We explained to Bunleod the meaning of the word “allergies”, describing a list of known offenders, including milk, peanuts and some pop music which offends my ears. For a while he didn’t really comprehend the meaning and I could tell that his people were probably a bit more stout-hearted than we westerners. However, he eventually explained that he too had an allergy. Sonia and I leaned towards him with curious eyes, waiting. “Atsaigs,” he said. We didn’t catch on. “Antaigs,” he said again, in a slightly different way. It turned out he was allergic to ants eggs, which was no joke, really. He explained that ant eggs in Isan were a delicacy and that having his nose prickle each time in reaction definitely hindered his pleasure while eating them. I almost fell over laughing.
Later we moseyed over to a neighbour’s house where a young couple was celebrating the birth of their first born – a Thai baby shower, I suppose. As is customary, the entire village was present to impart well-wishes to the new family and their child. Dozens of colourful food platters littered the floor and we found a place, legs folded, closest to the most appealing dish – laap gai. We were quickly assailed by doting women who began tying yellow and white beaded strings around our wrists for good luck. We were prompted by eager, helpful women to form one-handed prayer positions with the free hand during the process and were then handed strings of our own to reciprocate the act to others, a spiritually symbolic tit for tat. By the end of the night I counted 15 string bracelets on both wrists. I noticed the mother with the newborn was also festooned with string, like a garland, though unique to her was that she had in her hand a hard-boiled egg without a shell and a fistful of sticky rice. I never found out the purpose of her tightly holding onto these food staples, though I imagined they were representative of health, wealth and prosperity. Or that she had started eating and had misplaced her dish.
And so ended our second to last evening in Kham Pia. Tomorrow we were planning on camping out in the jungle atop a mountain for our final night, before having to return back to civilization to present to the office the promotional material and report we’ve been preparing.
Our last night in Kham Pia was bittersweet. On the one hand, I craved a clean bed and clean clothes. I also sought reprieve from the insects and the ubiquitous rice meals. I wanted to escape the questionable cooking practices. On the other hand, leaving these people would bring an emptiness, like leaving family.
That night we hiked up to the top of the mountain, dripping with sweat and citronella. We found a spot inside a cave, but decided to move to somewhere more open, with better views of the valley and a fresher breeze to keep away the bugs. Using our headlamps after the sun went down, we cautiously backstepped to the open rock face where we would spend the night camped out under the stars, our mattress consisting of bare rock and lichen. I traded in the bed mites for ants, but it was well worth the experience.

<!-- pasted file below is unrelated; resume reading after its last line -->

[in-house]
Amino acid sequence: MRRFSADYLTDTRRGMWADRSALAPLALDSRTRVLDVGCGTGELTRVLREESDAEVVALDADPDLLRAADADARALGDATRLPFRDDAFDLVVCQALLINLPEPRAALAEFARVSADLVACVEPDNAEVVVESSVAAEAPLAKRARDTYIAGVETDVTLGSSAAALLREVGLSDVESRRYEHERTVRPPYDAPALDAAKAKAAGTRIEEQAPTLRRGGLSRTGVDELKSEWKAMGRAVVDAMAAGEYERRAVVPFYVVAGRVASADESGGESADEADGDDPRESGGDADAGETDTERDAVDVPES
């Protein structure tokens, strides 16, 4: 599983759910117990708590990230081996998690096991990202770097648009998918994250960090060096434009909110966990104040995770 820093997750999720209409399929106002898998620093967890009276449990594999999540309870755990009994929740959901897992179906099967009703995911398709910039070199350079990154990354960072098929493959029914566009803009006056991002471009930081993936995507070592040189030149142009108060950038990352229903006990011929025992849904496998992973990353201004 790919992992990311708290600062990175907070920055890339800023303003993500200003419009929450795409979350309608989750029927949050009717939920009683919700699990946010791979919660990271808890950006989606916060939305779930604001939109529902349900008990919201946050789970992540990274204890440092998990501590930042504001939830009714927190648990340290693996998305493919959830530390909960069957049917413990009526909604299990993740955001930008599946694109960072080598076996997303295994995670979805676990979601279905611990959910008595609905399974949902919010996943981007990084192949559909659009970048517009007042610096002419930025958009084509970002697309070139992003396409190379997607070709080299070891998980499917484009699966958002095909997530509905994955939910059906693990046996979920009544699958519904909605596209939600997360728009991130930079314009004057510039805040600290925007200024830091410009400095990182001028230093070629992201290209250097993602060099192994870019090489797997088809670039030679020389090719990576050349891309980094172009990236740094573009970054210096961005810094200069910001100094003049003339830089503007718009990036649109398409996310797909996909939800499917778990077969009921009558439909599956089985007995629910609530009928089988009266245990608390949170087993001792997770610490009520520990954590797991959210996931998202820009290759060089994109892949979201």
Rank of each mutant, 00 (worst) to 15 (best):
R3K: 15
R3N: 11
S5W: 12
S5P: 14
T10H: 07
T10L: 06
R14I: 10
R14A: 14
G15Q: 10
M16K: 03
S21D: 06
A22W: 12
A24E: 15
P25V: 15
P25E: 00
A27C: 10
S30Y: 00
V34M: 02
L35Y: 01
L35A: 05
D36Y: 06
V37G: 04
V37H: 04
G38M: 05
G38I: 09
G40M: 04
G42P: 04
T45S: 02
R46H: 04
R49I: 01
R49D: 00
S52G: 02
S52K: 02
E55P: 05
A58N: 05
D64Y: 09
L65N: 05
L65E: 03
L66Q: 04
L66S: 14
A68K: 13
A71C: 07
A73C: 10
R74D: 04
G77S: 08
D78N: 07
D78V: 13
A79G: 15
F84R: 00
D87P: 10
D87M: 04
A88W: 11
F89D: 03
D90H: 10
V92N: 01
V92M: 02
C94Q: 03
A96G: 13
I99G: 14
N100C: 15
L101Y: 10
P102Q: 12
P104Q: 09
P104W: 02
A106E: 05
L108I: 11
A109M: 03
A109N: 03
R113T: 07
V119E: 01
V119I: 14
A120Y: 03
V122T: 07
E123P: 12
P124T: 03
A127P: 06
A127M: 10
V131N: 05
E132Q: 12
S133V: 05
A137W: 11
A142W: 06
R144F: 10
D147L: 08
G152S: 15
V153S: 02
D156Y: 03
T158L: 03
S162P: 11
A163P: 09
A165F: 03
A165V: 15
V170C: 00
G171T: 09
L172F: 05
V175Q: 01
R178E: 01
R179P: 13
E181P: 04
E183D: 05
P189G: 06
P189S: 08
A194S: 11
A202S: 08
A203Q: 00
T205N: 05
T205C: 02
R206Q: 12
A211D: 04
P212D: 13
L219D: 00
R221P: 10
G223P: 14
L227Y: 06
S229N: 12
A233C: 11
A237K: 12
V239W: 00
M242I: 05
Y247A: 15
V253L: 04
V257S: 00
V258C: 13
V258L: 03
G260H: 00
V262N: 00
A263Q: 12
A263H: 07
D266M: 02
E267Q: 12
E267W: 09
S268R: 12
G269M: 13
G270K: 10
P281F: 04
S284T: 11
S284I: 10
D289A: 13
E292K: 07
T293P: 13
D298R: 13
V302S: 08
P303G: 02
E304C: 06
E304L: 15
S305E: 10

We came with Mr.Bunleod and his brother Uot, who disappeared in the darkness, toting a bag and a bottle of Lao whiskey, a vile rice-concoction that smelled as if it were home-brewed. His dog trailed behind him as he went off in search of frogs for food. The rest of us talked, sipping whiskey as well, telling star-tales, speaking of politics and life in other countries. A fire lit up the night beside us, and lightning flashed overhead, even though there would be no rain. We heard Uot yelling later on that his light had died and Bunleod went off in search of him. They both stumbled back, drunk, a while later. Uot had forgotten his dog somewhere, without realizing it, and had also misplaced his machete, as we discovered in the morning. However, he had been successful in his hunt; peering inside his bag, as we would a shopping cart, was a headless turtle still moving and crawling though visibly in the throes of death. Trying to sleep later on, we kept on hearing a rustling noise, and then realized it was the turtle, still headless but alive, crawling in the bag and inching closer to our resting spot.
Often during the night I awoke, uncomfortable or chilled or feeling a bug stray up my leg. Once I heard Uot stirring and saw over my shoulder that he had found another animal and was cooking it like shish kebob over the fire. On other occasions I would simply stare up at the Milky Way, lost in its dark and dreamy sinews.
Woke up at 5 am, having slept very little. With eyes half closed, we watched the sun rise over the Mekong river. The last star dwindled out and minutes later the heat had already grown unbearable. We began our walk downhill. Uot stayed behind to search for his missing dog and machete. The dog later returned to the village on her own, however the machete is probably sitting at the bottom of a ravine somewhere, rusting.
Our final lunch was sad. Mr.Champ came to eat with us as well. We gave out our gifts: a bottle of whiskey each for Bunleod and his brother, and a package of smoked salmon and a crocheted bag for Yort. I know that they would miss us too.
A tuk tuk crumpled under the weight of our bags and brought us back to the highway, where Champ and Bunleod waited to see us off. We all fell asleep at the bus shelter, in the sweltering heat, about to give up hope that a bus would even show up (schedules are very erratic and unpredictable here), when finally we spotted it in the distance, immersed in its own cloud of dust. We hugged and shook hands in western fashion and then sadly boarded the bus away from what felt like home and family.
The ride was long and sad and we didn’t say much. We were anxious to finish up our work and move on.